Would Rick Santorum be better off if Newt Gingrich dropped out of the GOP presidential race? That’s the conventional insider D.C. wisdom. The reasoning is simple: Mr. Santorum’s vote, plus Mr. Gingrich’s, is bigger than Mitt Romney’s total. Add the two conservatives together, and you trump the guy Newt needles as a “Massachusetts moderate.”
The problem here may be that this math doesn’t tell the full story. It’s possible that Santorum would benefit little, if at all, from a Gingrich campaign exit.
Why? Well, first look at it this way: Gingrich in essence has already dropped out, and just doesn’t know it. His support is shrinking to the point where it just wouldn’t help Santorum all that much.
The latest RealClearPolitics rolling average of major polls has Gingrich at 14 percent of the vote, only three points ahead of Ron Paul. Yes, if you add that to Santorum’s 29 percent, you get 43 percent – a figure nine points bigger than Romney’s 34 percent share. But remember, not all of Gingrich’s vote would migrate to the Pennsylvanian social conservative.
For Gingrich backers, Santorum is not an automatic second choice. A recent Fox News poll found that about 53 percent of the ex-Speaker’s vote would indeed move to Santorum, while 47 percent would go to Romney. This indicates that on a national basis Santorum would do only a bit better if Gingrich decides it’s time to stay home and work on children’s books about the Founding Fathers with his wife, Callista.
And our second point is this: A little dab doesn’t do it for Santorum. He’s already far enough behind Mr. Romney in the delegate count that he needs a huge boost if he’s ever going to catch up.
We won’t list a hard delegate count here, because at this point they’re still notional – in some caucus states (we’re looking at you, Maine) delegates won’t be bound to a candidate until after state conventions. But Fox News has crunched the numbers and says that, in general, Santorum has to win about 66 percent of the remaining delegates to win the nomination. That’s a big jump in game for a candidate who has won only about 27 percent of the delegates allocated so far.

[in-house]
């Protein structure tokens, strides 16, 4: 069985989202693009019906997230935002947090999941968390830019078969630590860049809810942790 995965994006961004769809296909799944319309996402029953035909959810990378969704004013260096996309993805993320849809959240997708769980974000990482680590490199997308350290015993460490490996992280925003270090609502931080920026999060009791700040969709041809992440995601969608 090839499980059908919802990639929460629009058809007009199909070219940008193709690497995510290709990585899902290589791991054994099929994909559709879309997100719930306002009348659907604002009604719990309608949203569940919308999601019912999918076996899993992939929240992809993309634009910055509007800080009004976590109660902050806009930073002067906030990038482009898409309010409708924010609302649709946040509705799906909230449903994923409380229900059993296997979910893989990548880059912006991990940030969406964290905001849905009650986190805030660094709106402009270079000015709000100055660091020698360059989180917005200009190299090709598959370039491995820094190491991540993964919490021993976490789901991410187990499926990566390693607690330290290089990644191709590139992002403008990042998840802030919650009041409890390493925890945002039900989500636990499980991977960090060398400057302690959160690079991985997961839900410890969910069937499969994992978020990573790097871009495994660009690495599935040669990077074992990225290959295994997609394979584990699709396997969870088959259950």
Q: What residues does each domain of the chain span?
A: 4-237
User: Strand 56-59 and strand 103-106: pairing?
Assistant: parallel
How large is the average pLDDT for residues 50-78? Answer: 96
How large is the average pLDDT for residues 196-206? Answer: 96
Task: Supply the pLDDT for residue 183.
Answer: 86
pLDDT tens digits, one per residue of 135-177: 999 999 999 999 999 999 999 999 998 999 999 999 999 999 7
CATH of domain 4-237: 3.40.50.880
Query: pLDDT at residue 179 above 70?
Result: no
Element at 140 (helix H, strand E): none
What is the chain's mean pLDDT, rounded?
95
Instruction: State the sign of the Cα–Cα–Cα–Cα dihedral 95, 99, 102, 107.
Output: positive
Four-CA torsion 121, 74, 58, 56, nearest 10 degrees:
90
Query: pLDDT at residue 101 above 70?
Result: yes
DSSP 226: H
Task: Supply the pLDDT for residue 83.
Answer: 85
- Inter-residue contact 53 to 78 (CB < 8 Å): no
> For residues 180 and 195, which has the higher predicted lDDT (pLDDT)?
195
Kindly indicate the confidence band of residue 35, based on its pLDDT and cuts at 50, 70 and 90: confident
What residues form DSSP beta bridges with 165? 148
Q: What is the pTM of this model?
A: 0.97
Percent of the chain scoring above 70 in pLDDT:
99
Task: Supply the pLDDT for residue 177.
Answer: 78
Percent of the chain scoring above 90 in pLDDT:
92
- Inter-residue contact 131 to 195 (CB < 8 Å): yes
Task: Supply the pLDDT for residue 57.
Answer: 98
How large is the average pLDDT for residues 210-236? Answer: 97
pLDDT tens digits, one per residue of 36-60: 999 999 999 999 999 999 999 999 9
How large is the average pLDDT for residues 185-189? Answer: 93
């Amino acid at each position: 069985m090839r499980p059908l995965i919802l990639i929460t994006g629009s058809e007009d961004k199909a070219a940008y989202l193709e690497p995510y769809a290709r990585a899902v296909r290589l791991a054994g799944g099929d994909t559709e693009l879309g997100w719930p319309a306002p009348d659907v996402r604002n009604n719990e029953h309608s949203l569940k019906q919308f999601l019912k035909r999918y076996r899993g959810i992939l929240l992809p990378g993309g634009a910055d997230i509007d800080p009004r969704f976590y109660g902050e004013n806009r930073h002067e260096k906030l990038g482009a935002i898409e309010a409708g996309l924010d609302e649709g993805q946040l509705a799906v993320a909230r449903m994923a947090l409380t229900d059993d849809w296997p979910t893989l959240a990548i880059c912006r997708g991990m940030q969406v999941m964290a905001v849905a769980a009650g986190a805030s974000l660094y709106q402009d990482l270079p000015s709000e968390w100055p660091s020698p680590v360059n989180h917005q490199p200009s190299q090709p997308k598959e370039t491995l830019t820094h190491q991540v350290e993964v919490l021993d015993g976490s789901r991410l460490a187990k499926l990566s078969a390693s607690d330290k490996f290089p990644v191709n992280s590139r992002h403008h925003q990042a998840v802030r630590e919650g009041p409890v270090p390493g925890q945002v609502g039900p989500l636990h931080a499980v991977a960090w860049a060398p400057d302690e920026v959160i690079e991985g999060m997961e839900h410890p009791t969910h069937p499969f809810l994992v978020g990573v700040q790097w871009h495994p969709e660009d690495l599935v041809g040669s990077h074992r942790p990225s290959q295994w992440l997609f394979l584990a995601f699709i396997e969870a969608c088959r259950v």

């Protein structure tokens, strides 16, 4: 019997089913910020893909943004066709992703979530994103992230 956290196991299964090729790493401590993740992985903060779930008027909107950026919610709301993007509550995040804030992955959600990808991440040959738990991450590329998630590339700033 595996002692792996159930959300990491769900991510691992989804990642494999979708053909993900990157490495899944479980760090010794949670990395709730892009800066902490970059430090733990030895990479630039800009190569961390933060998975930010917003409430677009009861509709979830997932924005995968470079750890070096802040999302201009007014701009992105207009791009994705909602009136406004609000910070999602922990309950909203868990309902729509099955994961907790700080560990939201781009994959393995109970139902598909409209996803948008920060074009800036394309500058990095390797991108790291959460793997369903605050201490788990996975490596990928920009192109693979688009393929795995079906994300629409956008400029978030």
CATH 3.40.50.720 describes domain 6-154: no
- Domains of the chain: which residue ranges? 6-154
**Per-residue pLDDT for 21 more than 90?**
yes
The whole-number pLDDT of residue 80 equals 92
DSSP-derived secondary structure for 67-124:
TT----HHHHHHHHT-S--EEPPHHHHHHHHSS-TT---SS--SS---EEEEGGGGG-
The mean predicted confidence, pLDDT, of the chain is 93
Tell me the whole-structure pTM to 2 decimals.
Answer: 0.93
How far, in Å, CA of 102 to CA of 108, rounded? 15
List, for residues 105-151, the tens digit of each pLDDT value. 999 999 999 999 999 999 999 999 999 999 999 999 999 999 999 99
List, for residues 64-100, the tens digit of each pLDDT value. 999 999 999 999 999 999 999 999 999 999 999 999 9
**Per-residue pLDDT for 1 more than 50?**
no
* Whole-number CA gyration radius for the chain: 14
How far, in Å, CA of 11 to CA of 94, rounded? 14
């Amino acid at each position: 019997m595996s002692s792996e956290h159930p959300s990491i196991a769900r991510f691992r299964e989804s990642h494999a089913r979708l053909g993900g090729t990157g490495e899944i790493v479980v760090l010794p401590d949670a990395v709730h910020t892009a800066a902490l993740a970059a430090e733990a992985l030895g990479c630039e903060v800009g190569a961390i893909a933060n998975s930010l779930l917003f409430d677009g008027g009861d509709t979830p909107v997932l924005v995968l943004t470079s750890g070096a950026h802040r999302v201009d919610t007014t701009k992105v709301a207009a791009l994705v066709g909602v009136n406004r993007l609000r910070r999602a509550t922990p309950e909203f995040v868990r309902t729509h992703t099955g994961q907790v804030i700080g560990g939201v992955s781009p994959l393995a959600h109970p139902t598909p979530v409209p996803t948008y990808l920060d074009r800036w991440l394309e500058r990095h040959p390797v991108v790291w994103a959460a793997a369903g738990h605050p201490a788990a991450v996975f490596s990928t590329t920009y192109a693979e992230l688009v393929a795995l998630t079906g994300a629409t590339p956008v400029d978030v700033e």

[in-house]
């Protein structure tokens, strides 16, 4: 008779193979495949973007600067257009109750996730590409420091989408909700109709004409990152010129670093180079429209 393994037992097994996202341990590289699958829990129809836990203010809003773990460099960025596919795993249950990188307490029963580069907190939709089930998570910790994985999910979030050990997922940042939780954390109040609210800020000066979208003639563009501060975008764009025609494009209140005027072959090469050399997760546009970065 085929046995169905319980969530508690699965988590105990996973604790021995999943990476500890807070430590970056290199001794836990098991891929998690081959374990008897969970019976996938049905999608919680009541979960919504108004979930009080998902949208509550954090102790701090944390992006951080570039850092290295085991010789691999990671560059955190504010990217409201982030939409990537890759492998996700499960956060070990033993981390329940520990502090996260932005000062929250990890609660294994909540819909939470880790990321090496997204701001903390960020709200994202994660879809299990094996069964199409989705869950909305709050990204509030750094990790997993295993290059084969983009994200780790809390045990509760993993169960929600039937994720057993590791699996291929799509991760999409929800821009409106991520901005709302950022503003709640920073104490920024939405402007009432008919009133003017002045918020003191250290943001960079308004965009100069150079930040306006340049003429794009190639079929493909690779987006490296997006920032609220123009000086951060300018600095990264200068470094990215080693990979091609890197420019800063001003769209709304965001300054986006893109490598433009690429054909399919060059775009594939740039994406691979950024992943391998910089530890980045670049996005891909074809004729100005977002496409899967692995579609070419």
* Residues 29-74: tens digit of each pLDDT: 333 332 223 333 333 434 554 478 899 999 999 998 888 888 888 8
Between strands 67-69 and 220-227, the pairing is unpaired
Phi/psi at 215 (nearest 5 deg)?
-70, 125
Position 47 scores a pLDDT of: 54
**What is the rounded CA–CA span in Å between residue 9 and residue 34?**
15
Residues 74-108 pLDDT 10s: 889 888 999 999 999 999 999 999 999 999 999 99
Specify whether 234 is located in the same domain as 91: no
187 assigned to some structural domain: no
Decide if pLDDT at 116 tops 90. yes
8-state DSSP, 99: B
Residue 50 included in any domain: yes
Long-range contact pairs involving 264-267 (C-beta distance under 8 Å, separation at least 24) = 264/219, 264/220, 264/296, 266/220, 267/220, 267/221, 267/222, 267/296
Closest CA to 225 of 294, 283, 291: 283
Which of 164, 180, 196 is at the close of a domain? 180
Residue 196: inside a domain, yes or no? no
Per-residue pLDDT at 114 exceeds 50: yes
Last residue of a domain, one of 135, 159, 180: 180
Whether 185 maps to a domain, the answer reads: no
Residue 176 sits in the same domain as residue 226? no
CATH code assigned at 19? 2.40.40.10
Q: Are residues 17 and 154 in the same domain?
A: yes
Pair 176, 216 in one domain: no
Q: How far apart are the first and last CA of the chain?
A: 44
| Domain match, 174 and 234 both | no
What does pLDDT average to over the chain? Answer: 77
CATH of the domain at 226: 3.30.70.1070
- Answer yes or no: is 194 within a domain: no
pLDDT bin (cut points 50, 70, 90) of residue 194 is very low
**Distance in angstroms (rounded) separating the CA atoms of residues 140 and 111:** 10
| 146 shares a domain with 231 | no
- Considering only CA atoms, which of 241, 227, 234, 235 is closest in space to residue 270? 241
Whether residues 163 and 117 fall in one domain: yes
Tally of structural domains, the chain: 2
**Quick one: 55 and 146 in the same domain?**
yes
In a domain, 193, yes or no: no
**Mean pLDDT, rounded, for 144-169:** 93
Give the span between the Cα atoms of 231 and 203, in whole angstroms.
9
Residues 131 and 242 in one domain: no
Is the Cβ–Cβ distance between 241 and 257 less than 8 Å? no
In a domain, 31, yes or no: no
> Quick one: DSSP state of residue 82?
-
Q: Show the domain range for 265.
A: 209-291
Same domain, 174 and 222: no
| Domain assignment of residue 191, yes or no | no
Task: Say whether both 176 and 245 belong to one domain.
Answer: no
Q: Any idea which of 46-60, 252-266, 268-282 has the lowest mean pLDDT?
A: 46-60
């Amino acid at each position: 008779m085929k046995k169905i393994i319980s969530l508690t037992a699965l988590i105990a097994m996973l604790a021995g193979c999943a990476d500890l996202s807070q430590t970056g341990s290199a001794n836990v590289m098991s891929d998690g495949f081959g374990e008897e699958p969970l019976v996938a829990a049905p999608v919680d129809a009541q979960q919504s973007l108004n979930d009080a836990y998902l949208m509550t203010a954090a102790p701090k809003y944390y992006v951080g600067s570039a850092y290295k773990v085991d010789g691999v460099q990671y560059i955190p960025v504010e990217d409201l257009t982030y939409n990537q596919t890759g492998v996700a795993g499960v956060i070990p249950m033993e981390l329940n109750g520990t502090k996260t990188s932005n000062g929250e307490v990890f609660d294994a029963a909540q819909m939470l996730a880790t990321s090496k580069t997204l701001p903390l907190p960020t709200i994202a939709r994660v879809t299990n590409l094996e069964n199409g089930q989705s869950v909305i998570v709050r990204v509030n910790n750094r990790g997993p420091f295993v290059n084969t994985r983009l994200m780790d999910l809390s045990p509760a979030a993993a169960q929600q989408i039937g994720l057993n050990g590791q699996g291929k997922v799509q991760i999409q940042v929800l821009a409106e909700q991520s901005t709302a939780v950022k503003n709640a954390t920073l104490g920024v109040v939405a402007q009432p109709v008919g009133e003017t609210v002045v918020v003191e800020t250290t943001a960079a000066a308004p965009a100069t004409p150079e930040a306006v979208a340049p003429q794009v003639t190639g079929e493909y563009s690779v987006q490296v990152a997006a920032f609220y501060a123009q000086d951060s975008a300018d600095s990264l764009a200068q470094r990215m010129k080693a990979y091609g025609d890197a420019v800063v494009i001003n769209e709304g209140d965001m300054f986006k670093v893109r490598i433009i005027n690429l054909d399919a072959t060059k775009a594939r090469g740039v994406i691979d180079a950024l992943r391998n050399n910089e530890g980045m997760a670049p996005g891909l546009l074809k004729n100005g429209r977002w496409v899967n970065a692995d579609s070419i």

And, third, the upcoming electoral landscape doesn’t lend itself to such a performance, whether Gingrich is in or Gingrich is out. There are few winner-take-all states left in which Santorum could make big gains. Instead, delegates are doled out proportionately.
In some states, candidates have to hit a threshold vote to qualify for this proportional split. Gingrich is fading to the point where he’s unlikely to hit such thresholds, meaning his presence in wouldn’t affect Santorum’s take. In other states, the allocation is proportional by congressional district. Gingrich’s vote now isn’t concentrated enough in any locale to flip a district Santorum’s way.
Got that? The bottom line is that Gingrich doesn’t have enough votes to give Santorum, and the way ahead is so rocky that Rick needs more than ex-Newt backers to boost him to the summit.
As Gingrich himself has noted, Santorum in fact might be better off if the former stays in the race. With two opponents draining away votes, Romney might not hit the figure of 1,144 delegates he needs to wrap up the nomination prior to the party's national convention in Tampa, Fla. And if Republicans assemble in Florida without an anointed champion, all bets are off.
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